Protests following the funeral of Freddie Gray — the 25-year-old Baltimore man who died in police custody after sustaining a spinal cord injury — have largely remained peaceful in the city, but police officers recalling a small bout of unrest Monday are on guard, a police spokesperson confirms to NewsOne.
“It hurts to see people taking advantage of a situation,” Sgt. Jarron Jackson of the Baltimore City Police Department told NewsOne. “You can’t uplift your community by destroying it.”
When asked if his officers were comfortable with using the term “thug” to describe residents and youth of Baltimore, Jackson outlined how he instructs others to differentiate between the euphemism and “protesters.”
“A protester is a person that’s voicing their opinion, their frustration,” Sgt. Jarron Jackson said when asked if his police officers were using the term “thug” to describe residents and youth. “They are doing it in a peaceful manner. They are doing it because they want to elicit change, inspire change.”
“To me, a thug is a person that’s committing a criminal act,” he continued.
But as the city waits for answers in Gray’s death — the investigation was handed over to the state attorney’s office after police concluded their inquiry — residents are baffled by the use of the term, citing Gray’s fatal injuries in police custody and a large presence of National Guard troops decked out in militarized gear and Lenco armored trucks that many describe as “intimidating.”
“The level of respect that the police have…and then there’s nothing done to police when they hurt us,” Baltimore native Clovis Bond told NewsOne.
“The same police that antagonize these young people every day…they instigated and antagonized those kids,” Bond said, recalling clashes between high school students and police Monday afternoon. “And what they weren’t prepared for is what those children brought to them,” she said of police and elected officials who labeled Monday’s demonstrators “thugs.”
Monday night saw 200 plus arrests, a number of stores looted, and numerous building and vehicle fires in one concentrated area of West Baltimore. Protests have remained constant but peaceful in the days that followed, but police presence has bulked up significantly — by Thursday, police decked out with batons, mace, shields, helmets, rifles and gas masks visibly outnumbered a small crowd of demonstrators hugging the intersection of Pennsylvania and North avenues.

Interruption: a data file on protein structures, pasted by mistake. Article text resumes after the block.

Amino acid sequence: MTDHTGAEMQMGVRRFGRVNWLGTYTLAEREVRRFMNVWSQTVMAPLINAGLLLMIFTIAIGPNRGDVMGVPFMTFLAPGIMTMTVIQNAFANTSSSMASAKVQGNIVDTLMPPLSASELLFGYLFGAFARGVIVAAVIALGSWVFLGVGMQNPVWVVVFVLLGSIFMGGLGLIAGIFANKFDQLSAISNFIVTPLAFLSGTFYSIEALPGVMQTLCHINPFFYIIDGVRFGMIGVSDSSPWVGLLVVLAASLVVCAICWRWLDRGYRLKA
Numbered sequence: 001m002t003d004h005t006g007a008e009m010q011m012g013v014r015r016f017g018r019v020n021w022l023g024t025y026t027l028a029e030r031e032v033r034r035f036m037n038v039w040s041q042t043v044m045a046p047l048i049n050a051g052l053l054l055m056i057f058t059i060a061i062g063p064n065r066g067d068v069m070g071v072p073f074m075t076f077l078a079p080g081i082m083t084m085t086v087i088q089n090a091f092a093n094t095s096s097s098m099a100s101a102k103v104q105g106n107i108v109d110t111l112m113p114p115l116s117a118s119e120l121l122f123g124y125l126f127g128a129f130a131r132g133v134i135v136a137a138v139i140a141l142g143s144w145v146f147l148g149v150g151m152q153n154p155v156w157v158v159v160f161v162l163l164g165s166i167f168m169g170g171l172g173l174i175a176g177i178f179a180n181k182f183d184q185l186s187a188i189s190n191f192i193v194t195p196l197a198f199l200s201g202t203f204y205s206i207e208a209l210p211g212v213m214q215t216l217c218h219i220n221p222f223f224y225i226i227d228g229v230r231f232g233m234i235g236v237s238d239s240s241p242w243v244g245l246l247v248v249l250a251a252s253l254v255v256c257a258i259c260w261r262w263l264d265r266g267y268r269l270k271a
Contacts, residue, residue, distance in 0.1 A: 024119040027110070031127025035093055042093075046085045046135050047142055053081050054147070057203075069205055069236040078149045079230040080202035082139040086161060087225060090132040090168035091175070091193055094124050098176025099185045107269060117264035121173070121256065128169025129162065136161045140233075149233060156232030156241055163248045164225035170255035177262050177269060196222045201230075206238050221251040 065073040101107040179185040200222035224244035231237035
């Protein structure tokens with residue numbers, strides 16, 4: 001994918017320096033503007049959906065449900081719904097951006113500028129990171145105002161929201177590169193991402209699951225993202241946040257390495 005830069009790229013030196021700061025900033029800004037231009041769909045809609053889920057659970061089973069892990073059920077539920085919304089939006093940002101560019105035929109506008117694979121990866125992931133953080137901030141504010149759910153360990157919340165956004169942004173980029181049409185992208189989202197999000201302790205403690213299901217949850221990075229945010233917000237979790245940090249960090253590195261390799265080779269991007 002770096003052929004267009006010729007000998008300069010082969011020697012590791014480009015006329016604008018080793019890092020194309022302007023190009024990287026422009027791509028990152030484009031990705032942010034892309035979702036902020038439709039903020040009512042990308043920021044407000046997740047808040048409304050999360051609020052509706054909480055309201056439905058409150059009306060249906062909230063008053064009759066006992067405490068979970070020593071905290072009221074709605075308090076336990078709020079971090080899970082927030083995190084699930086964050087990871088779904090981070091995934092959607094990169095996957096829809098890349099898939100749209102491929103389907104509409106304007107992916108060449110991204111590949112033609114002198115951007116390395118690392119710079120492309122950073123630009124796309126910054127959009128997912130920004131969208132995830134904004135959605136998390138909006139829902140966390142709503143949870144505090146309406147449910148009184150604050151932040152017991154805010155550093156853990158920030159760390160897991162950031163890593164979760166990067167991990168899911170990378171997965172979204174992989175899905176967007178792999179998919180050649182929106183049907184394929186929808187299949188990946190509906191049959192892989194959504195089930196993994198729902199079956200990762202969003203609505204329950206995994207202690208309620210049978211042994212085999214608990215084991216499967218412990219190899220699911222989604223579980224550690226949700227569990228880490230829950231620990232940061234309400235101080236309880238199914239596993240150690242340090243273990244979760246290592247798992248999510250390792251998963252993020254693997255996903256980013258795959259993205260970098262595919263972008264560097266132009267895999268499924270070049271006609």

When asked about residents’ concerns that police were exhibiting “thug” behavior by intimidating their community, Jackson ensured that his officers wanted to “help the community,” suggesting that the show of force was necessary.
“This is why I became a police officer,” the Baltimore native told NewsOne. “But think about this. There are about 3,000 police officers in the Baltimore City Police Department. Ninety-nine percent come to work every day not knowing if they are going to go to their families at home.”
Jackson had no comment about what appeared to be highly militarized deployment tactics employed Thursday night. A Friday news conference held by State Attorney Marilyn Mosby is expected to reveal information surrounding Gray’s death and the police department’s role.
PHOTO CREDIT: Getty
Baltimore Reacts To The Freddie Gray Case [PHOTOS]
1. Fire eruptsSource:Getty 1 of 18
2. After being pepper sprayedSource:Getty 2 of 18
3. Injured manSource:Getty 3 of 18
4. Smoke conditionSource:Getty 4 of 18
5. Mondawmin Mall clashSource:Getty 5 of 18
6. Mowdamin MallSource:Getty 6 of 18
7. Lining up to mourn Freddie GraySource:Getty 7 of 18
8. GrievingSource:Getty 8 of 18
9. New Shiloh Baptist ChurchSource:Getty 9 of 18
10. Honk for JusticeSource:Getty 10 of 18
11. Police in riot gear confront protestersSource:Getty 11 of 18
12. Police in motionSource:Getty 12 of 18
13. ConfrontedSource:Getty 13 of 18
14. Facing downSource:Getty 14 of 18
15. On the groundSource:Getty 15 of 18
16. Atop a carSource:Getty 16 of 18
17. Remembering Freddie GraySource:Getty 17 of 18
18. Marching to police stationSource:Getty 18 of 18
EXCLUSIVE: Baltimore City Police Sergeant Clarifies Use Of “Thug” To Describe Protesters, Youth was originally published on newsone.com